Assignment 1: Buffer Overflow Discovery and POC
COMS E6998-9: Software Security and Exploitation
The assignment is due by midnight on 3/11 (Friday evening).
Please email me if you have any questions: firstname.lastname@example.org. Also, please let me know if you’d like to set up time to discuss this by phone.
The goal of this assignment is to help you better understand how buffer overflow exploits work. You’ll be asked to create some benign exploits for a widely known (and fixed) vulnerability in the VLC media player.
Take a look at CVE-2007-6681, a stack-based overflow in the VLC media player: http://web.nvd.nist.gov/view/vuln/detail?vulnId=CVE-2007-6681. The overflow occurs when a particularly large string is provided to VLC player through an SSA subtitle file. A brief description of the problem can be found here: http://aluigi.org/adv/vlcboffs-adv.txt. Additionally, proof of concept exploits are available:
Several versions of VLC player are affected. For this assignment you will need to download version 0.8.6d (the Windows binaries as well as the source code) from http://download.videolan.org/pub/videolan/vlc/0.8.6d/. Perform the following tasks using a Windows XP machine (latest updates and service packs):
Part 1: Control EIP
Using the techniques discussed in class, create an SSA file that puts the hex value “DEADBEEF” in the EIP register. Email me a .zip or .rar archive named “Part1” that has your SSA file and the associated AVI file. I will then verify it with version 0.8.6d of VLC played on Windows XP using the ntsd debugger.
Part 2: Stack execution
Using the techniques discussed in class and building on Part 1; manipulate EIP to point to your data (from the SSA file) on the stack. Specifically, force the “CC” instruction (Int 3) to be executed. Write a short description (1 page max) of what you did and any problems encountered or workarounds that were necessary. Include your description in the body of your submission email. Attach a .zip or .rar archive named “Part2” that has your SSA file and the associated AVI file. I will then verify it with version 0.8.6d of VLC player on Windows XP using the ntsd debugger.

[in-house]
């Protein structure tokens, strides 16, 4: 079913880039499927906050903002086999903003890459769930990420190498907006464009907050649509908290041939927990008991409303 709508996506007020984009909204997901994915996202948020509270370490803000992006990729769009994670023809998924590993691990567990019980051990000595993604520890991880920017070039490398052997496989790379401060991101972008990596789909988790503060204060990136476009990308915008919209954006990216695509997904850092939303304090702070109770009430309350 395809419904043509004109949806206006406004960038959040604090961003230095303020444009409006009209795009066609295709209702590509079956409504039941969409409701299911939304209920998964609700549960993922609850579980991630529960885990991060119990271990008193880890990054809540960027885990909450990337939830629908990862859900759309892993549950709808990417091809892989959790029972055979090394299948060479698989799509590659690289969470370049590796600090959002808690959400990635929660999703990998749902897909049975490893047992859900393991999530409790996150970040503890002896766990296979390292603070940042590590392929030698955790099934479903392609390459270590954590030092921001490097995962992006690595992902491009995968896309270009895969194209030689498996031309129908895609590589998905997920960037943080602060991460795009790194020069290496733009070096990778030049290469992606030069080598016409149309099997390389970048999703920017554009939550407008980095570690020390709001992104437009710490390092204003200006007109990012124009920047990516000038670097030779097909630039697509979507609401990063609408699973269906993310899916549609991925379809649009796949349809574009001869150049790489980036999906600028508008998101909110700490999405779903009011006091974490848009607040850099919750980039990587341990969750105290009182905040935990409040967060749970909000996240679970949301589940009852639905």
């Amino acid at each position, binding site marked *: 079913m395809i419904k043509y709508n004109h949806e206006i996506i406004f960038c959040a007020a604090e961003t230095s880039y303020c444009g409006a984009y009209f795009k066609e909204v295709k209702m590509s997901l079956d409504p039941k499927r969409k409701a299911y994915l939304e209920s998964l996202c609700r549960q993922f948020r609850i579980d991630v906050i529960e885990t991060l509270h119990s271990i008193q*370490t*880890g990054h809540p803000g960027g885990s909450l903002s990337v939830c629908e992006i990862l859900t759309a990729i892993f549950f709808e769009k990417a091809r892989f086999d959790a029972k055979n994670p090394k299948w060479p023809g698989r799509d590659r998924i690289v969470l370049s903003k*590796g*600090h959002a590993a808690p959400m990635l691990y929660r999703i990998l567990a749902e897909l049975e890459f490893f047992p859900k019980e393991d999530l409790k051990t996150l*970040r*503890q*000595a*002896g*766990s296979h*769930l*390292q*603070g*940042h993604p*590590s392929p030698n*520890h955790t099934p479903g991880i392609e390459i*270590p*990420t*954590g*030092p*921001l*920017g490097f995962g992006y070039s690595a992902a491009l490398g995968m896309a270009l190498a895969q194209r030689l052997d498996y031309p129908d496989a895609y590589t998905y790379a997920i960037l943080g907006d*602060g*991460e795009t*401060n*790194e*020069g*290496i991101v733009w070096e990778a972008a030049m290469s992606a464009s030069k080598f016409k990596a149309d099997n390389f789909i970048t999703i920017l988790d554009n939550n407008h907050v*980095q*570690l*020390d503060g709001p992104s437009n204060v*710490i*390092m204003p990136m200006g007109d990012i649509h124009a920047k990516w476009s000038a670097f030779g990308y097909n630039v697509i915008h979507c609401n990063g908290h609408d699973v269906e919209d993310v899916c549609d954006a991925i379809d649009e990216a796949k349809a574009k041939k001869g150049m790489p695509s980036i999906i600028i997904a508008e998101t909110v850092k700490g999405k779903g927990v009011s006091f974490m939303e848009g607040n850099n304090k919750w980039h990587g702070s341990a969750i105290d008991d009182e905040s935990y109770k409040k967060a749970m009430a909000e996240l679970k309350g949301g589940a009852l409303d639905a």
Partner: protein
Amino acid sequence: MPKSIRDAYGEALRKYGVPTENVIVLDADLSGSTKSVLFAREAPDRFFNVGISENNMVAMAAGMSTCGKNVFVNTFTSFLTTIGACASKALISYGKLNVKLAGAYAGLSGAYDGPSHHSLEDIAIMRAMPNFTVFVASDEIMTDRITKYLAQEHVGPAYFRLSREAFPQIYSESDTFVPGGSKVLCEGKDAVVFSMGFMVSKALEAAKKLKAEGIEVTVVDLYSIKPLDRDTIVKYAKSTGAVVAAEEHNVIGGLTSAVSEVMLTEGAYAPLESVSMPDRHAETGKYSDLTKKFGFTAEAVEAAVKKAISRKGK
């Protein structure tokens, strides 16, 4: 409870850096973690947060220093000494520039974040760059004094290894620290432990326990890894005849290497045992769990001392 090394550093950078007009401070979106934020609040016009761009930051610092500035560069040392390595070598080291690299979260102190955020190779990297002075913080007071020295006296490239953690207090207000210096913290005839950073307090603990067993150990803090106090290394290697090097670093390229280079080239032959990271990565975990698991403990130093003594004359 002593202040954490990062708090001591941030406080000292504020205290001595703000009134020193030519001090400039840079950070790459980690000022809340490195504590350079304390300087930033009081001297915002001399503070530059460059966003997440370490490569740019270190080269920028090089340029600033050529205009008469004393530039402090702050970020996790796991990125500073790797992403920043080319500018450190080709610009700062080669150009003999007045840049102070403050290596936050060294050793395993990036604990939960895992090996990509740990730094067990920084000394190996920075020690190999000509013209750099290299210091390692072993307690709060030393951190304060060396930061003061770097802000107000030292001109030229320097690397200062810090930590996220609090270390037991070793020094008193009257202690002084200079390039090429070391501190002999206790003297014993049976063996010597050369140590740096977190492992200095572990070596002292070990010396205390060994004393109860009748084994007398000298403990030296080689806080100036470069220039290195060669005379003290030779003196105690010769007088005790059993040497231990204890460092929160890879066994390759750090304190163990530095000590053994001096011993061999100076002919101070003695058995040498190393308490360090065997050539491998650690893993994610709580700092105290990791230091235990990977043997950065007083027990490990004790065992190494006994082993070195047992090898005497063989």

Part 3: Proof of concept - launch notepad.exe or open a message box
Create a Windows message box (blank or with text) using the technique discussed in class. To do this you will need to call the MessageBoxA function in User32.dll. Alternatively, you can launch Notepad.exe by calling the WinExec() function in Kernel32 (or using some other means). Email me a .zip or .rar archive named “Part3” that has your SSA file and the associated AVI file. I will then verify it with version 0.8.6d of VLC player on Windows XP (with latest patches and service packs).
Part 4: Perform Part 3 on Windows 7 FOR EXTRA CREDIT ONLY (harder)
Port the solution found in Part 3 to Windows 7.
NOTE: More important than the SSA files themselves is a short description of what you did for each part. If you get stuck, tell me why. A tip is to find the smallest possible string that will cause the overflow to happen and then work from there.
Some additional reading/sites that will be helpful:
Wikipedia entry on Buffer Overflows: